Agriculture has traditionally been the mainstay of the economy, although it now employs only 10% of the population, while services and industry make up a much greater percentage of the gross domestic product. The agricultural sector has diversified from a reliance on sheep raising to such additional enterprises as dairying, forestry, and horticulture. Wheat, barley, potatoes, pulses, fruits, and vegetables are grown; wool, beef, lamb, mutton, and fish are additional agricultural products. The mining sector produces coal, gold, iron, and natural gas. There is extensive food processing and wood and paper products, textiles, machinery, and transportation equipment are manufactured. Banking, insurance, and tourism are also important. Beginning in the 1980s, New Zealand transformed its highly protected and regulated economy into one that was much more privatized, market oriented, and deregulated. The principal exports are dairy products, meat, wood and wood products, fish, and machinery. Imports include machinery and equipment, vehicles, aircraft, petroleum, electronics, textiles, and plastic. The main trading partners are Australia, the United States, Japan, and China.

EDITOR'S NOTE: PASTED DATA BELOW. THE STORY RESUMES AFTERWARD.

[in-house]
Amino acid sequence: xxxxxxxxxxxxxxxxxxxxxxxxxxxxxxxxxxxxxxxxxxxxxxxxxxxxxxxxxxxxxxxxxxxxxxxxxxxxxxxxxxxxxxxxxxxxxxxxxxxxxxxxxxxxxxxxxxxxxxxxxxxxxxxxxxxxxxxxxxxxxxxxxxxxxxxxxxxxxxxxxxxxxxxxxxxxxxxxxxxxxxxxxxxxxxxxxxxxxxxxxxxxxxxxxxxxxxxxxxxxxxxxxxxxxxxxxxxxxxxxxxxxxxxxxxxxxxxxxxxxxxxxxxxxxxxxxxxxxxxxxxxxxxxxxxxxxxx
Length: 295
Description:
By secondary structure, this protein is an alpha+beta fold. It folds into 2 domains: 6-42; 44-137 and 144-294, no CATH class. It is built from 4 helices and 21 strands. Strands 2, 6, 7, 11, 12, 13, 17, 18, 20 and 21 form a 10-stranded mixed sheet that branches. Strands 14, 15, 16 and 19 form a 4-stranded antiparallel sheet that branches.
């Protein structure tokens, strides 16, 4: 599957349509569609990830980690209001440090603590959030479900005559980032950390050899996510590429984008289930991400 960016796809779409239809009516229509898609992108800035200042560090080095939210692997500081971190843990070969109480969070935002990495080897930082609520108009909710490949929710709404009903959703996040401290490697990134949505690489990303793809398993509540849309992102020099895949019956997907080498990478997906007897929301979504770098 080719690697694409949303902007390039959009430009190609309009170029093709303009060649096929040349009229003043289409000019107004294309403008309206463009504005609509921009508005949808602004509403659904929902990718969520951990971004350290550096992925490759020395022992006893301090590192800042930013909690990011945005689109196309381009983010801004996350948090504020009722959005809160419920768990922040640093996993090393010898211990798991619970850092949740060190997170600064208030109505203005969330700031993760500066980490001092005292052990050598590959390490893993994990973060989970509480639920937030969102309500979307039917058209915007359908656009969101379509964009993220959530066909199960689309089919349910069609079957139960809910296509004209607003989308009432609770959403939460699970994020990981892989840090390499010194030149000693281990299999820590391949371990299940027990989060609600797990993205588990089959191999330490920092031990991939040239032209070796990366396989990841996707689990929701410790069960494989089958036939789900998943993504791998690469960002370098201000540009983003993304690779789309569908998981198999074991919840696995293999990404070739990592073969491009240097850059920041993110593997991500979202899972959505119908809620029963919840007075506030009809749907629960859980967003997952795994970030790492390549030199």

The Columbia Electronic Encyclopedia, 6th ed. Copyright © 2012, Columbia University Press. All rights reserved.